There’s a Broadway in every borough. The most famous runs the length of Manhattan and continues into the Bronx and Yonkers beyond that; another forms the border of Bedford Stuyvesant and Bushwick in Brooklyn; another serves as a spine of West New Brighton in Staten Island and runs past the Staten Island Zoo; and then in Queens, whose Broadway runs from Ravenswood to Elmhurst and serves as one of Long Island City’s key shopping arteries, joining Steinway Street and 30th Avenue.
Queens’ Broadway, which attained its present length only in the early 20th century, is an amalgam of a number of roads: Broadway in Ravenswood ran southeast to the now-demapped Ridge Road near Newtown Road; and the eastern part between Woodside Avenue and Queens Boulevard is the easternmost section of the colonial-era Hellgate Ferry Road, which connected Elmhurst and the East River; twisting Woodside Avenue follows most of its route today. The routes were joined in the years before the new IND subway was routed along a lengthy section from Steinway Street to Queens Boulevard in the 1930s.
The Queens International Night Market opened with a bang – not to mention Chinese barbecued squid, Argentine grilled steak, and Japanese octopus balls — last April. Based lightly on outdoor markets that are popular throughout Asia, more than 20 food tents set up shop in the New York Hall of Science’s 100,000-square-foot parking lot and thousands of hungry and curious people attended.
The food and fun continued and even grew on the following Saturday nights with hand-pulled noodles, shaved ice, and live entertainment. But on August 15, the bazaar had to close down due to logistical, calendar issues.
Now the magic is back, but not in the same location.
On September 5, the Queens International Night Market will re-open in the vicinity of 168th Street and 90th Avenue, about one block from the bus terminal in Jamaica. More than 100 independent vendors are expected to join the spectacle, which will run from 6 pm to midnight. John Wang, the organizer, plans to run the market through October 31. More details and another mouth-watering photo are on the jump page.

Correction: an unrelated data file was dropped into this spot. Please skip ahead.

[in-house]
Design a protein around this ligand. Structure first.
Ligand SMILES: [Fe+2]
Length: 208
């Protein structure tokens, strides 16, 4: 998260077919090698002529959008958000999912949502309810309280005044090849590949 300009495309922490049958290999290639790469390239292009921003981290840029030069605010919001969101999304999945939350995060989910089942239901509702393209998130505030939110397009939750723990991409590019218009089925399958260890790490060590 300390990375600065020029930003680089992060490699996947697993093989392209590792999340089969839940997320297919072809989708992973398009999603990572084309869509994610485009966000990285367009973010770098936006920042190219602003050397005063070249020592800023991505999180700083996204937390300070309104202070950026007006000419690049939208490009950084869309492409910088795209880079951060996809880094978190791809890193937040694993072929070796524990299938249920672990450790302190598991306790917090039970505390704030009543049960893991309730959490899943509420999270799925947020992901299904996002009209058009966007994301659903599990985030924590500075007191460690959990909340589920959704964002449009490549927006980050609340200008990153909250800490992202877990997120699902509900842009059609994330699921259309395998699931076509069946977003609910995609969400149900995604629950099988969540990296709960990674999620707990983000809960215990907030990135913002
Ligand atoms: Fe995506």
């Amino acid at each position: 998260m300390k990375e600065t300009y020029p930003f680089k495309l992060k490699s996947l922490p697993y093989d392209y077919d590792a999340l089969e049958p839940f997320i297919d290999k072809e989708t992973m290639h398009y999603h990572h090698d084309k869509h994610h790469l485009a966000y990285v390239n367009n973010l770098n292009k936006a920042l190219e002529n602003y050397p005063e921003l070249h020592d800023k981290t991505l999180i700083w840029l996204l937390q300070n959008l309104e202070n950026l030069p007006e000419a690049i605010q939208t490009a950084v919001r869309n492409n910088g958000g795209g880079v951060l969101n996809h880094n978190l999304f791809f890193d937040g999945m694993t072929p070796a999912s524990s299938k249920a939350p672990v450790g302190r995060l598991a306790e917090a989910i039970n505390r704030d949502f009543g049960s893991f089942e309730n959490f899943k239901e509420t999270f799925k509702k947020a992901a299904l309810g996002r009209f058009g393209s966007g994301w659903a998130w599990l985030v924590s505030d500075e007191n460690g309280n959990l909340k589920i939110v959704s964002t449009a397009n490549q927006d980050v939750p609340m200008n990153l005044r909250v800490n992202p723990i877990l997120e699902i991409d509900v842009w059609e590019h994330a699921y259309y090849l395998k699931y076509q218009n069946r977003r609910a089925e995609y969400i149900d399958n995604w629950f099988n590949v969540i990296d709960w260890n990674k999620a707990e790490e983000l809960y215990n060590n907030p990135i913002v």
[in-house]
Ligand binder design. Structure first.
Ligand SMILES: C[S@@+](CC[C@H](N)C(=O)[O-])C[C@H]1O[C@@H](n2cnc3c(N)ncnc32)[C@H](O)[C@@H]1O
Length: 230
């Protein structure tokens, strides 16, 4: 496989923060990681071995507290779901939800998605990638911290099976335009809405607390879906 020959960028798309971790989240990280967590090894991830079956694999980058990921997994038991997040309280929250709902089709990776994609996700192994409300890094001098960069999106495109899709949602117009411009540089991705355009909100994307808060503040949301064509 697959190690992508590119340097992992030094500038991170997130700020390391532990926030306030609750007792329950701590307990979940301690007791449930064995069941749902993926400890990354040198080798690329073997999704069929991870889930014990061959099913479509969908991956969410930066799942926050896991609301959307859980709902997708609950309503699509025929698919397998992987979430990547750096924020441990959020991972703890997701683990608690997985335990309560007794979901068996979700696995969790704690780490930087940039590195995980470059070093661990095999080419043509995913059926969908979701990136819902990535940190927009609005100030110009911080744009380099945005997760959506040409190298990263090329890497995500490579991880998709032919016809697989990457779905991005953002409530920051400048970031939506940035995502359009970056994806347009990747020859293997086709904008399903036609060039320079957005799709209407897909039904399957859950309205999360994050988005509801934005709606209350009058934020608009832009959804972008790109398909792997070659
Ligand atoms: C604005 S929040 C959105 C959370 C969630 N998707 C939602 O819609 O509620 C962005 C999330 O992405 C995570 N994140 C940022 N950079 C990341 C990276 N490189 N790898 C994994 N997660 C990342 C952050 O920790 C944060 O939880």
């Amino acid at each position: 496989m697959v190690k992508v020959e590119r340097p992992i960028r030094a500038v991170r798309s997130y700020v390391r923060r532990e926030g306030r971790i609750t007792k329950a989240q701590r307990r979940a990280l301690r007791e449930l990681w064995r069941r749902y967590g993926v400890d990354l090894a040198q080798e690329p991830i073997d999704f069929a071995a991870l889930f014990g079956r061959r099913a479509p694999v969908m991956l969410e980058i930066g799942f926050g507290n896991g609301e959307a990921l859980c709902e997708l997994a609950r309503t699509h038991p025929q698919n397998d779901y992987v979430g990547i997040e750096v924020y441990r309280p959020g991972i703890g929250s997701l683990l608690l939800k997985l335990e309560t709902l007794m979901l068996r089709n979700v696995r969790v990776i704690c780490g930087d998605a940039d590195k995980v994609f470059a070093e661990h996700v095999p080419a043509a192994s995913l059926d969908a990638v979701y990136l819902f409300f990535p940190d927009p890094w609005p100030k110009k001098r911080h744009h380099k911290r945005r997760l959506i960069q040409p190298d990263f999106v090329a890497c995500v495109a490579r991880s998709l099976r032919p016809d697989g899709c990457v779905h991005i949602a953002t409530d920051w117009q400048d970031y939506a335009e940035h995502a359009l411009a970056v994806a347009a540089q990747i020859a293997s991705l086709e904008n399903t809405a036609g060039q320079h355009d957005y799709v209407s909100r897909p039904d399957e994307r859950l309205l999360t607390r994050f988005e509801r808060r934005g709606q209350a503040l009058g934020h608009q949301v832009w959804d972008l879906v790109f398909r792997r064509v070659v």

In 1957, a group known as The Chesters formed in New York City. They had a distinct, soulful doo wop sound with harmonies, and the lead singer, Jerome Anthony Gourdine, liked to sing in a high-pitched falsetto voice. A year later, they changed their name to Little Anthony & the Imperials and released their first hit, “Tears on My Pillow.” Then came “Shimmy, Shimmy Ko Ko Bop,” and “Goin’ Out of My Head.” Members came and left, and the group broke up and reunited a few times, but their songs were always popular and they always attracted large audiences.
Now, after almost 60 years in the music business, a 2009 induction into the Rock and Roll Hall of Fame, and a completed farewell tour, Little Anthony & the Imperials are still going strong. On Sunday, August 30, they will perform at Resorts World Casino New York City in Jamaica. More details and another photo are on the jump page.
This attractive one-bedroom co-op on 79th Street in Jackson Heights has a separate living and dining room, a modern kitchen and plenty of sunlight. It’s a spacious 825 square feet.
The galley kitchen looks newly renovated with quality appliances (and a washer and dryer); it’s quite small, though there is ample cabinet space and the dining room could provide extra space for kitchenwares. (more…)
The home of the Metropolitan Opera and the New York Philharmonic Orchestra is organizing a huge event in Queens…but it won’t make any sound.